Alexander Lukashenko is the President of Belarus. Since 2006 he and other Belarusian officials have been the subject of sanctions imposed by the European Union and the United States for human rights violations.
Before his career as a politician, Lukashenko worked as director of a state-owned agricultural farm and spent time with the Soviet Army. He voted against the independence of Belarus from the Soviet Union. He has retained Soviet-era policies, such as continued state ownership of key industries. Lukashenko's self-described authoritarian style of government has led Western journalists to label the him "Europe's last dictator." Here you can find an automatic compilation of DW content referring to Alexander Lukashenko.
On today's programme:Brexit Day and an unknown future for the UK - Brexit and Northern Ireland - Turks in Germany start voting in the Turkish referendum - Turkish referendum and social media – Protests and detentions in Belarus - One of Putin's biggest critics has designs on the Presidency – Are tourists a blight on Barcelona? – Ai Weiwei and the refugee crisis - Why are Norwegians just so happy?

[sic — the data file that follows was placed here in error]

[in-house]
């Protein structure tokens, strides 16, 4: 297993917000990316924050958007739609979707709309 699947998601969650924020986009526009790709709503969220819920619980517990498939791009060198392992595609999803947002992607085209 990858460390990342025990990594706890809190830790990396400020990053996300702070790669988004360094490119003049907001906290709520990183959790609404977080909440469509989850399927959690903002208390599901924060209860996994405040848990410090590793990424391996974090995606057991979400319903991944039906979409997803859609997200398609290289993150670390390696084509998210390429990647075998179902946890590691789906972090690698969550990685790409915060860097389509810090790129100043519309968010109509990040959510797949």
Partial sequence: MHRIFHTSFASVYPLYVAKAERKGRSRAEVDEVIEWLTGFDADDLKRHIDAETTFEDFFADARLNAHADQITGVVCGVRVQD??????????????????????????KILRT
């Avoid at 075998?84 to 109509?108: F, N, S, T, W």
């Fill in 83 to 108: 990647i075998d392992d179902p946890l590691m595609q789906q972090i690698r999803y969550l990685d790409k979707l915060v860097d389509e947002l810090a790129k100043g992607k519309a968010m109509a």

Belarus' capital Minsk was the site of one of the country's largest protests last weekend. The demonstrations are against the rule of authoritarian President Alexander Lukashenko, sometimes described as "Europe's last dictator." Freelance photographer and journalist, Filip Warwick was in Minsk and ended up being detained by the country's security services known as OMON. He explains what happened.
People in Belarus, a country known for oppression, have been taking to the streets in protest against the government of strongman Aleksander Lukashenko. The protests are a rare display of public outrage in a country where citizens live under the oppressive rule of Lukashenko since 1994. DW's Charles McPhedran was in the capital of Minsk and explains in an interview what the protests are all about.
The foreign ministers of Germany, France, Ukraine and Russia have failed to agree on a roadmap for the peace process in eastern Ukraine. Germany's Steinmeier said paying "lip service" to the conflict would not solve it.